An independent report into widespread money laundering in Metro Vancouver casinos is calling on the establishment of a police unit to be created solely to investigate the legal-gaming industry. The recommendation is just one of 48 put forward in a report from Peter German that was released on Wednesday morning.
“For many years, certain Lower Mainland casinos unwittingly served as laundromats for the proceeds of organized crime,” reads the report. “This represented a collective system failure, which brought the gaming industry into disrepute in the eyes of many British Columbians.”
WATCH HERE: David Eby blames BC Liberals for money laundering issues
German completed the report in March, but it is only being released now because of concerns information in the original report could jeopardize ongoing police investigations. Attorney General David Eby hired German, a former RCMP deputy commissioner, in September to look into casino money laundering after extensive journalistic reporting found that it was a major issue.
READ GERMAN REPORT HERE
Eby says he can now with absolute certainty say that money laundering is taking place in B.C. casinos. The province has already started to implement the recommendations, with about 10 already completed and another 15 set to be tackled “in the short term.”
“I can tell you based on Mr. German’s work that it is tied to the opioid crisis, it’s linked to the housing crisis and the real estate market that has made life unaffordable for British Columbians'” said Eby. “The report itself paints a troubling picture of the last decade and a half.”
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The Attorney General is pointing fingers at the previous government, saying the B.C. Liberals had “many opportunities” to take action to force casino visited to proof the source of the money coming in. German’s report is not the first into money laundering in casinos, with Eby mentioning a 2011 report by the province.
“The only way to combat money laundering is to tackle it full-on, to bring the public along in full view so that they understand they work and consequences for failing to take action as well as the cost of taking action,” said Eby.
“In all cases we will be moving as quickly as possible to slam the door shut on money laundering in B.C. casinos and cut off funding to organized crime. It won’t be easy to reverse a decade and a half of neglect, but we are not waiting to get started.”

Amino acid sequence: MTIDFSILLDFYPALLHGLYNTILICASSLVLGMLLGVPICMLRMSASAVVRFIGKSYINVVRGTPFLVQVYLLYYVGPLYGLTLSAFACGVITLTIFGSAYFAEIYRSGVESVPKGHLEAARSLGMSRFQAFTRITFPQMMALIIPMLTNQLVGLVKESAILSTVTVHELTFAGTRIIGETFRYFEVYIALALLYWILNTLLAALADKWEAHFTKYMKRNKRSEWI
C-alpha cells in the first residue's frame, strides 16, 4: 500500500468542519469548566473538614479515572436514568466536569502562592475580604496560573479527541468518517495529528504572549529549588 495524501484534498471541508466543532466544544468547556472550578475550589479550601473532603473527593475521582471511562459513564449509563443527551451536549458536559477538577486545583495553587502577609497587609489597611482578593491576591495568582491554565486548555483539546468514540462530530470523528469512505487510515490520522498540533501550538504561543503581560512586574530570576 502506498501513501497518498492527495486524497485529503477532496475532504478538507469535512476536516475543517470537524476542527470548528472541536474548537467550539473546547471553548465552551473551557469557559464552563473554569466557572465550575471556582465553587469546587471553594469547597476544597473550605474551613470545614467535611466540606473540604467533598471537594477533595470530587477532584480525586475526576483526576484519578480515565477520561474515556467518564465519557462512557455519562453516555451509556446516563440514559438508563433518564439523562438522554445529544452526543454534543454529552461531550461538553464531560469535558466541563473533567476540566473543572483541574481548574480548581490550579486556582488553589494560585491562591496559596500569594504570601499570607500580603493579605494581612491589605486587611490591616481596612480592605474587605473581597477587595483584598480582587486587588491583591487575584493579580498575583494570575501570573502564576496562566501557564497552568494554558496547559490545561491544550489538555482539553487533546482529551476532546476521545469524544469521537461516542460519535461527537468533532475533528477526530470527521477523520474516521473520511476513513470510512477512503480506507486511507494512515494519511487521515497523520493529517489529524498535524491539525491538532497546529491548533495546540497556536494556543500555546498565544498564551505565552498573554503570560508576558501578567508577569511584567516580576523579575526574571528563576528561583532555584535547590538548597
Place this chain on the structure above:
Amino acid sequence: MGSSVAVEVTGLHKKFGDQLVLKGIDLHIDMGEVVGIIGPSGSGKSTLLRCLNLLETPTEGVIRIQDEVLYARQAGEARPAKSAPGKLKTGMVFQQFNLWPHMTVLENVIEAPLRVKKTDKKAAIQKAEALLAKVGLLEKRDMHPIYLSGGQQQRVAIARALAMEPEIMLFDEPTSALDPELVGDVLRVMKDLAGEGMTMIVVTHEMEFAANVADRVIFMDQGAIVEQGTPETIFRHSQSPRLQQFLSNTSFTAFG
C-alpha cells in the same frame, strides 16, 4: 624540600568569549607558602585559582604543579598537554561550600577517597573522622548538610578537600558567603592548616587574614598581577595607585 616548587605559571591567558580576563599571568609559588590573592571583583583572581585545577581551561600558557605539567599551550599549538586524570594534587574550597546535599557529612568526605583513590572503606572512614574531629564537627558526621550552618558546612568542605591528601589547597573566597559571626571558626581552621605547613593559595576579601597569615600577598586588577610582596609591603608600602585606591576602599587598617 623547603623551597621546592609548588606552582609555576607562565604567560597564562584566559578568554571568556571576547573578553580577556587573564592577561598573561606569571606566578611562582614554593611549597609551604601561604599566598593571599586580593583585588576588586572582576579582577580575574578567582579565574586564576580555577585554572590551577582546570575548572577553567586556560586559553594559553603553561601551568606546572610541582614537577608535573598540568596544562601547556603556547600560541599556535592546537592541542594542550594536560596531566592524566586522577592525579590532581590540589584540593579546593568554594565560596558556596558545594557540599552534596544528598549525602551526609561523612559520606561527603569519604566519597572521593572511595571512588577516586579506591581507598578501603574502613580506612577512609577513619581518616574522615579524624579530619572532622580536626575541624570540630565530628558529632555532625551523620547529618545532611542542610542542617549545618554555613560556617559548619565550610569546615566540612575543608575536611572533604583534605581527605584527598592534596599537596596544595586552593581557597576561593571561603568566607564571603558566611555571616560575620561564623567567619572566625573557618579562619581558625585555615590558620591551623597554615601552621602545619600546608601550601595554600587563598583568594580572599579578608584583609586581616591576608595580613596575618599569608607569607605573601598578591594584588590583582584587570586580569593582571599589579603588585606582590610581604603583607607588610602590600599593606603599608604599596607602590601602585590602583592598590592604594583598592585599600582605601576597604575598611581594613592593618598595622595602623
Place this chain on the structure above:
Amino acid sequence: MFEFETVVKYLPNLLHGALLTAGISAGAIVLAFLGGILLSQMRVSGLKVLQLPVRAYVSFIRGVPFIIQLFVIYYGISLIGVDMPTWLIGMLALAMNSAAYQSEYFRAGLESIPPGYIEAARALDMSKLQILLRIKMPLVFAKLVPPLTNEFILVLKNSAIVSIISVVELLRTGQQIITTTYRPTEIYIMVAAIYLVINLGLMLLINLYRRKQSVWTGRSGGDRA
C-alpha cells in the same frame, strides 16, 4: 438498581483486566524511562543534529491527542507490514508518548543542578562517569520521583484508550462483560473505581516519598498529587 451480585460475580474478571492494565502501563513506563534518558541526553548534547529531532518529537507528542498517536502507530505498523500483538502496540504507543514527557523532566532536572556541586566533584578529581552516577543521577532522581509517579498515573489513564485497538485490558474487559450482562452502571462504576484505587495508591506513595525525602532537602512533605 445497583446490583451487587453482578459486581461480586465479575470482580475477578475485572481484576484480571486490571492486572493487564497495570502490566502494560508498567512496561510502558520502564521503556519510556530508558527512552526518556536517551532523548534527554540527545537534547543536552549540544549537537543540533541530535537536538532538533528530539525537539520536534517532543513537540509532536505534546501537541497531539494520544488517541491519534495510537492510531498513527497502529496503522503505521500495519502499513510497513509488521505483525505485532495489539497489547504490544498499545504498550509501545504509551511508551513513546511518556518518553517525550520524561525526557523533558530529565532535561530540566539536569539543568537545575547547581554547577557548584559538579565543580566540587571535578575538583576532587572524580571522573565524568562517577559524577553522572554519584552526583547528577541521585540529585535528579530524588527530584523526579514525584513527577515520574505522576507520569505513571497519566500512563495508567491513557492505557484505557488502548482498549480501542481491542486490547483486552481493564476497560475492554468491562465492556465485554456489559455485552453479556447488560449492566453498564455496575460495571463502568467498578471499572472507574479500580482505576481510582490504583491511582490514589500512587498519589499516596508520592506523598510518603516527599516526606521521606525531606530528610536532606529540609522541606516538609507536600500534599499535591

LISTEN: BC Liberals respond to Peter German’s report on money laundering
Speaking for the BC Liberals, Jas Johal, who became an MLA last year, says he hopes the recommendations are implemented.
But he took issue with the allegation that the Liberals turned a blind eye to money laundering.
“Changes initiated by the BC Liberal Government led to a reduction in those suspicious transactions,” Johal said.
WATCH: Government report blasts money laundering in B.C.
However, he said that information was kept under wraps.
“Work was being done behind the scenes. And based on what law enforcement said, we decided not to make a lot of that work public,” Johal said.
BC Liberal MLA Rich Coleman, who was the minister responsible for gaming at the time, was not made available to media on Wednesday.
The designated police unit German is suggesting would be created to specialize in criminal and regulatory investigators arising in the gaming sector, with an emphasis on Lower Mainland casinos. For now, German is suggesting British Columbia transition to an independent provincial regulator for the industry that would be similar to the B.C. Securities Commission.
German is recommending that anti-money laundering be the responsibility of that new regulator until the police force can be established.
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The report also fund multiple “vulnerable sectors” that have also been exploited by money laundering. German concludes that the B.C. government should now undertake research into allegations of organized crime penetrating the real estate industry.
The report also suggests an investigation into the “vulnerability of the luxury car sector and the horse racing sector” to organized crime.
“Casinos serve as a vehicle through which organized crime washes cash in the placement phase of the money laundering cycle,” reads the report. “The gambler can then take his or her residual funds and, or winnings and invest that money as you would cash from a legal source.”
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The issue of money laundering has been around a long time, but German says it hit the apex in 2015, when the RCMP advised a B.C. Lottery Corporation investigator that “officers were looking for a minnow and found a whale.” That investigation found that $13.5 million in cash has moved through a Metro Vancouver casino in one month.
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But German is careful to point out that although a lot of the money involved in laundering comes from Asia, the problem is not to be blamed on that continent.
“This is not an Asian problem. It is about those who purchase illegal drugs, counterfeit products, and stolen property, as well as those who operate in the underground economy and subvert tax laws. It is our problem, not China’s problem.”
-With files from Liza Yuzda
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